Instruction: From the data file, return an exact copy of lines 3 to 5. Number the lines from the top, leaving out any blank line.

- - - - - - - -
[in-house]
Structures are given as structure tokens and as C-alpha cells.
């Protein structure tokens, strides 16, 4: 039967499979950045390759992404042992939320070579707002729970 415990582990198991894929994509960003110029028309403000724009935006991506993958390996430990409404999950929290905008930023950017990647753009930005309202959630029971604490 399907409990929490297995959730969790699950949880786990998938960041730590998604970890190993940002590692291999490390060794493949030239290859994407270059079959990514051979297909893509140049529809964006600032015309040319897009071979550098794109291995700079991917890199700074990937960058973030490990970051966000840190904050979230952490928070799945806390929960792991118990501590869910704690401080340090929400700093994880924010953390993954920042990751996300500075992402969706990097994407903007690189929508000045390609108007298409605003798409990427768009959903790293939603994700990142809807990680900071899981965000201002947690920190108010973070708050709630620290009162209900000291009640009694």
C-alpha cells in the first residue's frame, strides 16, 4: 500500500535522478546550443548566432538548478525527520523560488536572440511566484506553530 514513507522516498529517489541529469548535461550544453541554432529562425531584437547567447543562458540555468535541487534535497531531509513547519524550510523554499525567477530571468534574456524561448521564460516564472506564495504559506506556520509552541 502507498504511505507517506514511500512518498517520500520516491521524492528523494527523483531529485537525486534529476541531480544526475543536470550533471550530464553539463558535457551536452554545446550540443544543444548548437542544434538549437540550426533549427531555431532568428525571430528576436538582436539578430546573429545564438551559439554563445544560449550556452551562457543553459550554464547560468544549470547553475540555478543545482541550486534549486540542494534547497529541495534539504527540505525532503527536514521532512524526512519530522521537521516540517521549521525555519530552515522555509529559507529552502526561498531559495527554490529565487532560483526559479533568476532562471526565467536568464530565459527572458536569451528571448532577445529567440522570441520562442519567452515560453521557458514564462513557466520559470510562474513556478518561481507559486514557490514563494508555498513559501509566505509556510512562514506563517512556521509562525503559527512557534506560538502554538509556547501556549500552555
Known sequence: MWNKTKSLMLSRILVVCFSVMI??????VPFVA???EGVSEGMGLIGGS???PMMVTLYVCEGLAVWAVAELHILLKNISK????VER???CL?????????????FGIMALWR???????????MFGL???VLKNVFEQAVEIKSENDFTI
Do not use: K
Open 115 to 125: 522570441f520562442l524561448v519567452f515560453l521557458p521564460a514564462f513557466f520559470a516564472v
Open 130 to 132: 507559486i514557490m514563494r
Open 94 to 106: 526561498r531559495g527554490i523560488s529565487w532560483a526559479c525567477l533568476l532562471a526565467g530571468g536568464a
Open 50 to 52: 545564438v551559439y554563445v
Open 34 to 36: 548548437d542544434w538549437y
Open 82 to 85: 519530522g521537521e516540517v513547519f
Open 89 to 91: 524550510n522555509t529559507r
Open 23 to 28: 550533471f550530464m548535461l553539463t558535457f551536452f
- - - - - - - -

């Protein structure tokens, strides 16, 4: 039967499979950045390759992404042992939320070579707002729970 415990582990198991894929994509960003110029028309403000724009935006991506993958390996430990409404999950929290905008930023950017990647753009930005309202959630029971604490 399907409990929490297995959730969790699950949880786990998938960041730590998604970890190993940002590692291999490390060794493949030239290859994407270059079959990514051979297909893509140049529809964006600032015309040319897009071979550098794109291995700079991917890199700074990937960058973030490990970051966000840190904050979230952490928070799945806390929960792991118990501590869910704690401080340090929400700093994880924010953390993954920042990751996300500075992402969706990097994407903007690189929508000045390609108007298409605003798409990427768009959903790293939603994700990142809807990680900071899981965000201002947690920190108010973070708050709630620290009162209900000291009640009694």
C-alpha cells in the first residue's frame, strides 16, 4: 500500500535522478546550443548566432538548478525527520523560488536572440511566484506553530 514513507522516498529517489541529469548535461550544453541554432529562425531584437547567447543562458540555468535541487534535497531531509513547519524550510523554499525567477530571468534574456524561448521564460516564472506564495504559506506556520509552541 502507498504511505507517506514511500512518498517520500520516491521524492528523494527523483531529485537525486534529476541531480544526475543536470550533471550530464553539463558535457551536452554545446550540443544543444548548437542544434538549437540550426533549427531555431532568428525571430528576436538582436539578430546573429545564438551559439554563445544560449550556452551562457543553459550554464547560468544549470547553475540555478543545482541550486534549486540542494534547497529541495534539504527540505525532503527536514521532512524526512519530522521537521516540517521549521525555519530552515522555509529559507529552502526561498531559495527554490529565487532560483526559479533568476532562471526565467536568464530565459527572458536569451528571448532577445529567440522570441520562442519567452515560453521557458514564462513557466520559470510562474513556478518561481507559486514557490514563494508555498513559501509566505509556510512562514506563517512556521509562525503559527512557534506560538502554538509556547501556549500552555
Known sequence: MWNKTKSLMLSRILVVCFSVMI??????VPFVA???EGVSEGMGLIGGS???PMMVTLYVCEGLAVWAVAELHILLKNISK????VER???CL?????????????FGIMALWR???????????MFGL???VLKNVFEQAVEIKSENDFTI